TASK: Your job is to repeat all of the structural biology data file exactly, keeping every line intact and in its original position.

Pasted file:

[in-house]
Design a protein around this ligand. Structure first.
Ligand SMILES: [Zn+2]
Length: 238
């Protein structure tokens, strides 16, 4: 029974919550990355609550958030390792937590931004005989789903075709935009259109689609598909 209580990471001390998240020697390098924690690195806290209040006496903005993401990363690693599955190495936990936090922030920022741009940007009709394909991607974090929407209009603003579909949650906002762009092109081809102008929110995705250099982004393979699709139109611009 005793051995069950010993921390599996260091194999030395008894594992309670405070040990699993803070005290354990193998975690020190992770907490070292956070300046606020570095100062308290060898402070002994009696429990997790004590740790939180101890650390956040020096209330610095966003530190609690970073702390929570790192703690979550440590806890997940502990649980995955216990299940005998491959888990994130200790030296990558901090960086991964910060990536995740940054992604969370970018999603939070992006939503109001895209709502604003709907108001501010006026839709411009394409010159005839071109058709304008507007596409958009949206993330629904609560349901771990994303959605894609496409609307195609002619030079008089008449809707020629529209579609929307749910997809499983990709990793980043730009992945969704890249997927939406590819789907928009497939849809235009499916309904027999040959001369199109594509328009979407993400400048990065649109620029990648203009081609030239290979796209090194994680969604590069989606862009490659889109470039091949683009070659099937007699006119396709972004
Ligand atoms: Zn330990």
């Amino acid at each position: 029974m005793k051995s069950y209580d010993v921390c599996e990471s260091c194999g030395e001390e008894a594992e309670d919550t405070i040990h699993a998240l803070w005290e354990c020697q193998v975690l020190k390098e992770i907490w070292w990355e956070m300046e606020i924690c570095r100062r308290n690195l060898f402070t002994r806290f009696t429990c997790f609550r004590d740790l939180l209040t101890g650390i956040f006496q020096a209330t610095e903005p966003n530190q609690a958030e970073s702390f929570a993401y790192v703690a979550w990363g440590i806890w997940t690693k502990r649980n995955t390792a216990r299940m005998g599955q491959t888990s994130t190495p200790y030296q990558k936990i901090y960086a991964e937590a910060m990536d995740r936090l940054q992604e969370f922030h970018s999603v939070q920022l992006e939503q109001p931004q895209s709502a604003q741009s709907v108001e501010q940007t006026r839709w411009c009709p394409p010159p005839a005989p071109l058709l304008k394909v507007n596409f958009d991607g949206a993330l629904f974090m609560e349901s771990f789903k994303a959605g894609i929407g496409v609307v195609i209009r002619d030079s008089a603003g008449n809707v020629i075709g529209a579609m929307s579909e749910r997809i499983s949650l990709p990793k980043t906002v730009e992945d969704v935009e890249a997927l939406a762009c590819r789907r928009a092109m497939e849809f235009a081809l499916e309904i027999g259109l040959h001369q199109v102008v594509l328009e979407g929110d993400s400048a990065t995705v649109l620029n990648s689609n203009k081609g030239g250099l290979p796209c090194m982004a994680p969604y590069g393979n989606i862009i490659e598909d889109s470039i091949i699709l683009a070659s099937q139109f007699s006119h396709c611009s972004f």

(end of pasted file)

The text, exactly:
[in-house]
Design a protein around this ligand. Structure first.
Ligand SMILES: [Zn+2]
Length: 238
């Protein structure tokens, strides 16, 4: 029974919550990355609550958030390792937590931004005989789903075709935009259109689609598909 209580990471001390998240020697390098924690690195806290209040006496903005993401990363690693599955190495936990936090922030920022741009940007009709394909991607974090929407209009603003579909949650906002762009092109081809102008929110995705250099982004393979699709139109611009 005793051995069950010993921390599996260091194999030395008894594992309670405070040990699993803070005290354990193998975690020190992770907490070292956070300046606020570095100062308290060898402070002994009696429990997790004590740790939180101890650390956040020096209330610095966003530190609690970073702390929570790192703690979550440590806890997940502990649980995955216990299940005998491959888990994130200790030296990558901090960086991964910060990536995740940054992604969370970018999603939070992006939503109001895209709502604003709907108001501010006026839709411009394409010159005839071109058709304008507007596409958009949206993330629904609560349901771990994303959605894609496409609307195609002619030079008089008449809707020629529209579609929307749910997809499983990709990793980043730009992945969704890249997927939406590819789907928009497939849809235009499916309904027999040959001369199109594509328009979407993400400048990065649109620029990648203009081609030239290979796209090194994680969604590069989606862009490659889109470039091949683009070659099937007699006119396709972004
Ligand atoms: Zn330990």
């Amino acid at each position: 029974m005793k051995s069950y209580d010993v921390c599996e990471s260091c194999g030395e001390e008894a594992e309670d919550t405070i040990h699993a998240l803070w005290e354990c020697q193998v975690l020190k390098e992770i907490w070292w990355e956070m300046e606020i924690c570095r100062r308290n690195l060898f402070t002994r806290f009696t429990c997790f609550r004590d740790l939180l209040t101890g650390i956040f006496q020096a209330t610095e903005p966003n530190q609690a958030e970073s702390f929570a993401y790192v703690a979550w990363g440590i806890w997940t690693k502990r649980n995955t390792a216990r299940m005998g599955q491959t888990s994130t190495p200790y030296q990558k936990i901090y960086a991964e937590a910060m990536d995740r936090l940054q992604e969370f922030h970018s999603v939070q920022l992006e939503q109001p931004q895209s709502a604003q741009s709907v108001e501010q940007t006026r839709w411009c009709p394409p010159p005839a005989p071109l058709l304008k394909v507007n596409f958009d991607g949206a993330l629904f974090m609560e349901s771990f789903k994303a959605g894609i929407g496409v609307v195609i209009r002619d030079s008089a603003g008449n809707v020629i075709g529209a579609m929307s579909e749910r997809i499983s949650l990709p990793k980043t906002v730009e992945d969704v935009e890249a997927l939406a762009c590819r789907r928009a092109m497939e849809f235009a081809l499916e309904i027999g259109l040959h001369q199109v102008v594509l328009e979407g929110d993400s400048a990065t995705v649109l620029n990648s689609n203009k081609g030239g250099l290979p796209c090194m982004a994680p969604y590069g393979n989606i862009i490659e598909d889109s470039i091949i699709l683009a070659s099937q139109f007699s006119h396709c611009s972004f």